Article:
Format

Send to

Choose Destination
See comment in PubMed Commons below
Surgery. 2015 Jul;158(1):112-20. doi: 10.1016/j.surg.2015.02.006. Epub 2015 Mar 25.

Neutrophil to lymphocyte ratio is a strong predictor of tumor recurrence in early colon cancers: A propensity score-matched analysis.

Author information

1
Division of Surgical Oncology, Department of Anesthesiological, Surgical and Emergency Sciences, Second University of Naples School of Medicine, Naples, Italy. Electronic address: gennaro.galizia@unina2.it.
2
Division of Surgical Oncology, Department of Anesthesiological, Surgical and Emergency Sciences, Second University of Naples School of Medicine, Naples, Italy.
3
Division of Medical Oncology, 'F. Magrassi - A. Lanzara' Department of Clinical and Experimental Medicine and Surgery, Second University of Naples School of Medicine, Naples, Italy.
4
Division of Internal Medicine, Allergy and Clinical Immunology, Department of Medical and Surgical Sciences, Second University of Naples School of Medicine, Naples, Italy.

Abstract

BACKGROUND:

Systemic inflammation and immune response play a crucial role in tumor growth, and the neutrophil to lymphocyte ratio (NLR) may be a simple way to assess the host inflammatory response. The NLR has been shown to be a prognostic indicator in many human tumors; in early colon cancers, it has been evaluated only in a few studies and its role remains controversial.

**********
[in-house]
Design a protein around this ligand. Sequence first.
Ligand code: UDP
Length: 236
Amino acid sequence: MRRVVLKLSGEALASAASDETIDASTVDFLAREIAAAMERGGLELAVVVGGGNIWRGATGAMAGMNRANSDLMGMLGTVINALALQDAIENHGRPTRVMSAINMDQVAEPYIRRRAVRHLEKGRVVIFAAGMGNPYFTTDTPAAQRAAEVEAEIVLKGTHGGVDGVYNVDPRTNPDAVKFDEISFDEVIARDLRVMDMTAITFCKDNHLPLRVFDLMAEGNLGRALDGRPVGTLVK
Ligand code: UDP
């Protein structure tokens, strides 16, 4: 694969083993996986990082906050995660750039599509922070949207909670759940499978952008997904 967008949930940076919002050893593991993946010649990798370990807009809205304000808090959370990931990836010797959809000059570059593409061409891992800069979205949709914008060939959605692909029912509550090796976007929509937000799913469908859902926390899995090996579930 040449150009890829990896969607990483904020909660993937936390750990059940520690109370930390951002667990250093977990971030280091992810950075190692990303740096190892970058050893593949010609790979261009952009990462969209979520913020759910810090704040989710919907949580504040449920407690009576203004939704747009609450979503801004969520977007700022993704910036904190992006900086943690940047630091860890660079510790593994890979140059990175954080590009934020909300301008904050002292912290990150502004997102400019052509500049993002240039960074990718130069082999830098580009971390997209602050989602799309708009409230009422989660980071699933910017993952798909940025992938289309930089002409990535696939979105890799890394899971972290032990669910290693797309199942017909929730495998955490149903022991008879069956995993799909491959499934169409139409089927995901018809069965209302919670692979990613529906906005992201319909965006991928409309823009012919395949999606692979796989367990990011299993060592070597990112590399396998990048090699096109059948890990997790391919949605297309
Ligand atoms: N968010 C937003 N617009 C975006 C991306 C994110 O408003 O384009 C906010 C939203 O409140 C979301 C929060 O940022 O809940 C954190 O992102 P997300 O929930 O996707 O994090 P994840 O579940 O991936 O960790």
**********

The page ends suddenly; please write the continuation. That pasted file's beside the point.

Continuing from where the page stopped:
METHODS:

We analyzed data from 503 colon cancer patients. The best cutoff value for NLR was defined by receiver operating characteristic curve analysis. We grouped 276 Dukes A/B colon cancers, not receiving adjuvant chemotherapy, into low (<2.36) and high (>2.36) NLR and subjected to further analyses related to disease-free survival (DFS). A propensity score-matched analysis and the inverse probability of treatment weighting (IPTW) were performed to avoid confounding bias.

RESULTS:

The NLR correlated with tumor stage and oncologic outcome. The best NLR cutoff value was identical in the whole cohort and in Dukes A/B patients. Low NLR patients had a significantly better DFS rate than high NLR patients (hazard ratio [HR], 0.27; P = .0001); along with elevated carcinoembryonic antigen levels and Dukes B stage, high NLR was an independent prognostic factor of worse prognosis (HR, 2.86; P = .0033). Even in Dukes A patients, NLR discriminated between relapsing and nonrelapsing patients. Propensity score and IPTW analyses confirmed such results, thus excluding possible misinterpretation.

CONCLUSION:

Preoperative NLR, an inexpensive and readily available biomarker, can predict tumor relapse and should be assessed for implementation of tailored therapy in early stage colon cancer.

PMID:
25818659
DOI:
10.1016/j.surg.2015.02.006
[Indexed for MEDLINE]
PubMed Commons home

PubMed Commons

0 comments
How to join PubMed Commons

    Supplemental Content

    Full text links

    Icon for Elsevier Science
    Loading ...
    Support Center